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I Tried Kundalini Yoga. Here's Everything You Need To Know

Leigh Weingus
July 7, 2016
Leigh Weingus
By Leigh Weingus
mbg Contributor
Leigh Weingus is a New York City based freelance journalist writing about health, wellness, feminism, entertainment, personal finance, and more. She received her bachelor’s in English and Communication from the University of California, Davis.
Photo by Stocksy
July 7, 2016

As someone who has been practicing yoga for years, it seems there's always a new trend on the horizon.

One day I find myself doing my sun salutations in a 90-degree room while Drake croons softly in the background at a hip new studio downtown, the next I'm climbing into a hammock of sorts so I can do yoga upside down.

I'm all about trying new things, so when I started noticing something called Kundalini yoga popping up all over the internet (not to mention my yoga-centric Instagram feed), I was intrigued.

It had come to my attention that a whole group of yogis had ditched their skintight Lululemon leggings and traded them for flowy pants, tops, and gorgeous white turbans.

Naturally, I had to find out what I was missing. So I stopped by a class at Golden Bridge Yoga, a popular yoga studio on Manhattan's Lower East Side.

Before I tell you what went down during that magical hour and 15 minutes, let's talk about what Kundalini yoga actually is.

Kundalini Yoga: The Basics

There's a lot to know about Kundalini yoga. Since this is a crash course, let's start with some basic facts.

Kundalini is the energy that coils at the base of the spine. This is creative, spiritual energy that is generally untapped—which is what the Kundalini yoga practice is for.

During a class, the idea is to move this energy through the chakras and up into the brain. Your nervous system and body will be totally stimulated, and by the end of the class your whole body should be buzzing with spiritual awareness. Kundalini places a huge emphasis on meditation, mantra chanting, and holding postures.

Although Kundalini yoga has been practiced for thousands of years in the Eastern regions, Sikh leader Yogi Bhajan first brought it to the United Stated in 1969—and I think it's pretty safe to say we're all glad he did.

So, what's a Kundalini class actually like?

Other than seeing pictures and hearing from friends about the powers of a Kundalini class, I did my best not to google too much about what I was in for. I wanted to be surprised, and in hindsight it was definitely a good move.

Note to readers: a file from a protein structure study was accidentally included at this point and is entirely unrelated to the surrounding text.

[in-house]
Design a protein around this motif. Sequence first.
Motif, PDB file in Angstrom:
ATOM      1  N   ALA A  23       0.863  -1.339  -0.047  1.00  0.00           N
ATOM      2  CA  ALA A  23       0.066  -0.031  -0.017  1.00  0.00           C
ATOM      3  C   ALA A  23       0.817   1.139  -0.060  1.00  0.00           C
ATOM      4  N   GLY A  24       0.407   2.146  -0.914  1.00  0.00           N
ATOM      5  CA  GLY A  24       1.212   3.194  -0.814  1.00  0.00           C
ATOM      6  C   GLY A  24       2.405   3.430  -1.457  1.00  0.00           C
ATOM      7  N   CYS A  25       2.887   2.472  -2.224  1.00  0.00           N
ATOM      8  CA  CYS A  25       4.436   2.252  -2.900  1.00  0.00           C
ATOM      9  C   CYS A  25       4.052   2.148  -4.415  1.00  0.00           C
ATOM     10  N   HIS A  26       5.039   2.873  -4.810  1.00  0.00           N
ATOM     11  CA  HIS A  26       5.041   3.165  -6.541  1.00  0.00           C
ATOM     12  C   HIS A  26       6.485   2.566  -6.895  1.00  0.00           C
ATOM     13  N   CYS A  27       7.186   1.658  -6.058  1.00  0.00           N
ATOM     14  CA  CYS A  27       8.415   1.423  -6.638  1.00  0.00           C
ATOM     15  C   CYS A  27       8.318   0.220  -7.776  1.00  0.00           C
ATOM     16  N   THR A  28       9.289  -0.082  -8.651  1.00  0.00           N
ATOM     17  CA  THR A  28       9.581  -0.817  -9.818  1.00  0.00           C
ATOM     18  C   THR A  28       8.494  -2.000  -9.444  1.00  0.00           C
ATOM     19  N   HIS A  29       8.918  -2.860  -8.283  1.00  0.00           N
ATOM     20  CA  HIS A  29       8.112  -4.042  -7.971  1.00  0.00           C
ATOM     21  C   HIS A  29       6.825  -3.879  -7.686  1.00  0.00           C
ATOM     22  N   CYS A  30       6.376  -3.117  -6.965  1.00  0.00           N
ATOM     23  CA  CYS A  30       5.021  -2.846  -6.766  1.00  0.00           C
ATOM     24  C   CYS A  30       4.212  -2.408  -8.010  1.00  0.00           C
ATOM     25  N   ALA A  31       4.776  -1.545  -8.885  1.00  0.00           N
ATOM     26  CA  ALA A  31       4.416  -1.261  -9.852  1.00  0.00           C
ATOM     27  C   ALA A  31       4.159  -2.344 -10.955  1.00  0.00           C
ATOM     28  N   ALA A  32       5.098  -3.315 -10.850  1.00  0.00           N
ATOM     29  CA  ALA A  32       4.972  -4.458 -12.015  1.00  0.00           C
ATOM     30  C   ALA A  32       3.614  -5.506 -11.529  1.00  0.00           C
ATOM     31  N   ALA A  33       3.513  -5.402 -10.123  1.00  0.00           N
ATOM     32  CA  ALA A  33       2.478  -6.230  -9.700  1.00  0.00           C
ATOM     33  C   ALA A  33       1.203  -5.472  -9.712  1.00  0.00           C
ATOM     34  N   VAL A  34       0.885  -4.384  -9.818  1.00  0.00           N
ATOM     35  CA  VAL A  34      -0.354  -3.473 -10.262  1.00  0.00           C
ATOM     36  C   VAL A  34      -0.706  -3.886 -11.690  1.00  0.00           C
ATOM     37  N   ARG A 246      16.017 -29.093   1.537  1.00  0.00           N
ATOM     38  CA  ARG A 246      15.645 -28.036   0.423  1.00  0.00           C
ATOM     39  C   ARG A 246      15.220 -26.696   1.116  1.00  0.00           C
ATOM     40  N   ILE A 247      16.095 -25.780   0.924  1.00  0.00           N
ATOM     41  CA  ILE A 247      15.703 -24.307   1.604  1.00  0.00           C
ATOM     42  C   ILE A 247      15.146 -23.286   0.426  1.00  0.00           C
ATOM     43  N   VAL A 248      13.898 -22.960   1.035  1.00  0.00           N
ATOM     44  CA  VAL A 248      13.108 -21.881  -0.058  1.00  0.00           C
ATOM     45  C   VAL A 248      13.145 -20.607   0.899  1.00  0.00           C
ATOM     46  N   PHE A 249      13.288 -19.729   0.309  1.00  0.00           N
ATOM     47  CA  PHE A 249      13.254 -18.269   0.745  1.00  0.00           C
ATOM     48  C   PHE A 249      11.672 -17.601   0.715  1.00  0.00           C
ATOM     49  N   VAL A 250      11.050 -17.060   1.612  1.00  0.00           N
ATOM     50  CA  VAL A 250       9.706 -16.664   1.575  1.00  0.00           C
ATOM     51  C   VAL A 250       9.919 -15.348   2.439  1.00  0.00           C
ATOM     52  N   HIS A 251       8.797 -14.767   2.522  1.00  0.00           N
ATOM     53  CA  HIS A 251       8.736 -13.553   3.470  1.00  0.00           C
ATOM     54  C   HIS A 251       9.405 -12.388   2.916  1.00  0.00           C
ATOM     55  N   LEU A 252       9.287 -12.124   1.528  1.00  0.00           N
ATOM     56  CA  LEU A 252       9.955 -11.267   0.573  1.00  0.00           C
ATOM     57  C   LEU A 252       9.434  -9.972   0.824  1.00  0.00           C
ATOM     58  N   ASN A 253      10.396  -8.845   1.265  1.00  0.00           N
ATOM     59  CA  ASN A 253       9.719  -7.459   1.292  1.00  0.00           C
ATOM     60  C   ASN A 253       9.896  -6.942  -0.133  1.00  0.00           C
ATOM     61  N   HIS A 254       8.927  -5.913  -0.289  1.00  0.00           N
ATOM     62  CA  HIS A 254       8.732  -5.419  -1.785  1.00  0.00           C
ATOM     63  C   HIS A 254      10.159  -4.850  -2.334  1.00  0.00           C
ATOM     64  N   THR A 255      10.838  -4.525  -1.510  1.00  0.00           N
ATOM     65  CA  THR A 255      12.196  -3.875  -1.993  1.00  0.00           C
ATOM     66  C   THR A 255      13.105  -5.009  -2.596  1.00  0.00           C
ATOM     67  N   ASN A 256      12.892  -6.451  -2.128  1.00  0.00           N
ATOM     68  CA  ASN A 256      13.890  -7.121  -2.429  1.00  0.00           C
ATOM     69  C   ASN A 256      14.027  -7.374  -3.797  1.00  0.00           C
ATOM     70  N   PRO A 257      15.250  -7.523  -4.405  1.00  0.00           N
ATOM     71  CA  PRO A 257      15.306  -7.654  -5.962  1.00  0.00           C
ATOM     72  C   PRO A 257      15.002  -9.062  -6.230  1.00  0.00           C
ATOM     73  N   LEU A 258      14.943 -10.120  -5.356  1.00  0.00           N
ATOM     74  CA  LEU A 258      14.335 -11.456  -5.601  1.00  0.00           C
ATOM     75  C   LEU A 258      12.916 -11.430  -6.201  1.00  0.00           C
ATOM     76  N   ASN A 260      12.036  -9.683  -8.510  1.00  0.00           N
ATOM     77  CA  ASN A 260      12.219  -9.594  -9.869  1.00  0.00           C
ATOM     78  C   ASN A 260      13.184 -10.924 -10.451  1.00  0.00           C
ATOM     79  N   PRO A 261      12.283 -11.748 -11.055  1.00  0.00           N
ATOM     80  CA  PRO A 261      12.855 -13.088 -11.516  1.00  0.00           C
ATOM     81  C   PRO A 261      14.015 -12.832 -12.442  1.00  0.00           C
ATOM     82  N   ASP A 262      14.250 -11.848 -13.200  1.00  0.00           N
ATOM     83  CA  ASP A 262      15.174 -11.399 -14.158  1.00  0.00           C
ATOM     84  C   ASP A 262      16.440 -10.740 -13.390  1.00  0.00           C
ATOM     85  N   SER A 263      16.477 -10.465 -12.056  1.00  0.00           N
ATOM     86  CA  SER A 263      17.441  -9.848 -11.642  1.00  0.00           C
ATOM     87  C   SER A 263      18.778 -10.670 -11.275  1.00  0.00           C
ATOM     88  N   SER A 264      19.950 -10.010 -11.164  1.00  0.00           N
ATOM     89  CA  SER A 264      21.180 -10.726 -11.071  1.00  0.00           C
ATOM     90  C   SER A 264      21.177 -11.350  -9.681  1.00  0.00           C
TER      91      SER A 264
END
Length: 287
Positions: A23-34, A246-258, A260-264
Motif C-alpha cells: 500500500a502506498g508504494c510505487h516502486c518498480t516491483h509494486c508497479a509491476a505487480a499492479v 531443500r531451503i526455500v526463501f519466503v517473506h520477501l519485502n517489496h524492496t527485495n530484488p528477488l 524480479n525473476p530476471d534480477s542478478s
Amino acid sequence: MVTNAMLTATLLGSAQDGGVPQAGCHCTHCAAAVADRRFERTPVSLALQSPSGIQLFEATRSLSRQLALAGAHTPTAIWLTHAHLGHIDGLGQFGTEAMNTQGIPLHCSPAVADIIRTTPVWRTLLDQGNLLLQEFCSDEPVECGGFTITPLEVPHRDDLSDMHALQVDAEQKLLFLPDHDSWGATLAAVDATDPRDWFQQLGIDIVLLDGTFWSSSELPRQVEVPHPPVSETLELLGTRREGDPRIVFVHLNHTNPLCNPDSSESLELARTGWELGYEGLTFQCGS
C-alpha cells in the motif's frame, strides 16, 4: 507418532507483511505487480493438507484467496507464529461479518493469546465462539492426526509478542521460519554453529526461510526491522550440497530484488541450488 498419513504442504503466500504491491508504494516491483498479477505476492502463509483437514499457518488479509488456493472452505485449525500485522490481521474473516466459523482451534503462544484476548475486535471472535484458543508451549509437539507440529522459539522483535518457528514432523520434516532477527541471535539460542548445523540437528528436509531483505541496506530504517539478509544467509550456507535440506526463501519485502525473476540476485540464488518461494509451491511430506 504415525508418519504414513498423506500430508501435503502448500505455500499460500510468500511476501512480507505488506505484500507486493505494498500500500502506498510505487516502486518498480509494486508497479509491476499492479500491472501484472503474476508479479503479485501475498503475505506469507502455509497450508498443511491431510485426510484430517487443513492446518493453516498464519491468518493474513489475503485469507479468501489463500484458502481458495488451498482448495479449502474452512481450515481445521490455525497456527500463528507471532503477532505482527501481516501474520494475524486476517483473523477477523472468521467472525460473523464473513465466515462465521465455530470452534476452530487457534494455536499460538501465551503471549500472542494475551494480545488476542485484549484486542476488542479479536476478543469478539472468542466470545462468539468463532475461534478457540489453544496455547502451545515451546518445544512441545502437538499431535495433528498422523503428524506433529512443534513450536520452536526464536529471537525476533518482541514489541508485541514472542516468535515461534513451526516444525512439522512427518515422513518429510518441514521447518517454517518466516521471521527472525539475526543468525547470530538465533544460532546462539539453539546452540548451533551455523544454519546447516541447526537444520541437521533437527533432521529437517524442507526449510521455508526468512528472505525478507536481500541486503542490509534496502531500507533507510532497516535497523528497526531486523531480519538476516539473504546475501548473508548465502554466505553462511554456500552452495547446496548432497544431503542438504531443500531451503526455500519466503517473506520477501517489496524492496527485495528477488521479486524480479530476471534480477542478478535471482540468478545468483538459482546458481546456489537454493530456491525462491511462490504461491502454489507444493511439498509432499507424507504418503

The studio at Golden Bridge smelled amazing. The music had a calming, mystical quality to it, and the instructor was indeed donning a white turban. He was wearing loose, airy clothing, and his vibe was relaxed and playful. It was clear he didn't take himself too seriously—he just wanted to help us all get the most out of our practice.

He asked if anyone was new to Kundalini, and I sheepishly raised my hand. He then went into a colorful explanation of the practice, making it clear that there would be a lot of meditation and breathing.

He wasn't kidding about the breathing. We practiced panting, breath of fire, and alternate nostril breathing. I was surprised by how much the breathing aspect of it challenged me. I'd practiced all three breathing styles in the past, but I'd never done it for such an extended period of time. It was intense, and I often had to take breaks.

There were no downward dogs and no sun salutations (which I was surprised by—shows what an amateur I am!), but we did take a lot of cat-cows and spend a long time in lotus pose. It was refreshing to spend time focusing on specific postures instead of rushing through them.

My favorite part of the class (also the most surprising) was when we did something called "popcorn." The instructor encouraged us to pretend the floor was on fire and to try our best not to let any part of our bodies touch it. So for 90 seconds, we laid on the floor and did just that. It was difficult, but it was also a blast and seriously got my core working.

The class wrapped up with a long, delicious Savasana. Why doesn't every yoga class have a 15-minute Savasana?!

I practically floated home, feeling energized and well-rested at the same time, wondering if I should sign up for a class the following day.

So, should you try Kundalini yoga? Absolutely.

Leigh Weingus author page.
Leigh Weingus

Leigh Weingus is a New York City based freelance journalist and former Senior Relationships Editor at mindbodygreen where she analyzed new research on human behavior, looked at the intersection of wellness and women's empowerment, and took deep dives into the latest sex and relationship trends. She received her bachelor’s in English and Communication from the University of California, Davis. She has written for HuffPost, Glamour, and NBC News, among others, and is a certified yoga instructor.